Improved tribal relations could aid NATO in Afghanistan: General
AFP - Sunday, November 2
OTTAWA (AFP) - - NATO should borrow lessons from Iraq and work with local tribes in Afghanistan, to improve security there, Major General Marc Lessard, the outgoing Canadian commander of foreign troops in the south of the country, said Saturday.
In an interview with the Canadian daily Globe and Mail, just before handing power to Dutch commander Major General Mart de Kruif, Lessard said better outreach to Afghan tribes and tribal elders "has to be explored."
Despite an upsurge of violence in the country by Taliban forces in recent months, Lessard downplayed the idea of a strengthened insurgency, instead describing the insurgents are "extremely, extremely resilient."
Lessard, replaced Saturday by de Kruif as head of the International Security Assistance Force in southern Afghanistan at a ceremony at the Kandahar Air Base, said an understanding of the role of tribal communities is key to success.
"The tribal dynamic here is a lot more complex than in Iraq," he told the daily.
"The authority of the central government here in Afghanistan is not as strong as in Iraq," he said, adding: "The tribes play an important, important role in the daily lives of Afghans."
"If you make a mistake and alienate some tribes, because some tribes feel disenfranchised, you can create more harm than good in this tribal outreach," he said.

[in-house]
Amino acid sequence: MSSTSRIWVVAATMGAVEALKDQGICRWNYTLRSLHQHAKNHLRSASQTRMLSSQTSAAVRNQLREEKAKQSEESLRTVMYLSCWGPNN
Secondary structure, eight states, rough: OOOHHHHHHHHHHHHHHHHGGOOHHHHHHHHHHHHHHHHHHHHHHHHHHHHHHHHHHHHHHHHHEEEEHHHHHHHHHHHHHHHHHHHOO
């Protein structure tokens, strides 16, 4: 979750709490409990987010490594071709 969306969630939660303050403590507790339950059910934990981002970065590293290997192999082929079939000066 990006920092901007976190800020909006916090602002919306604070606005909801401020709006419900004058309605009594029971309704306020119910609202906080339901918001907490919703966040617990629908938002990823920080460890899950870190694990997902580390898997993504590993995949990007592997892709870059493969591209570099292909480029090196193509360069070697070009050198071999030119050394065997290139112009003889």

Lessard said, however, that he was "very, very leery" about the tactic of arming tribes and counting on their support in NATO's push against insurgents.
"We have spent a lot of effort, a lot of money, resources, on developing the Afghan security forces: the army, the police, the border police," he said.
"When you arm a militia, you think that you're giving it a role for added security. They may think also they are empowering themselves and getting a greater status within the overall region in terms of the other tribes."
Earlier this week the US government indicated it is considering negotiations with "reconcilable" members of the Taliban, in the hope they would renounce violence and respect the Afghan constitution.
"We are clearly, as I said, under the strategic review, trying to see if our engagement with any reconcilable elements makes sense," a State Department official told reporters Tuesday.
There are a total of 60-70,000 international soldiers in Afghanistan, fighting insurgents and training Afghan forces.
Insurgent attacks are at a record high this year and there are calls for more international troops to be sent to the shattered country.
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NATO should borrow lessons from Iraq and work with local tribes in Afghanistan, to improve security there, Major General Marc Lessard, the outgoing Canadian commander of foreign troops in the south of the country, seen here in February 2008, said Saturday.
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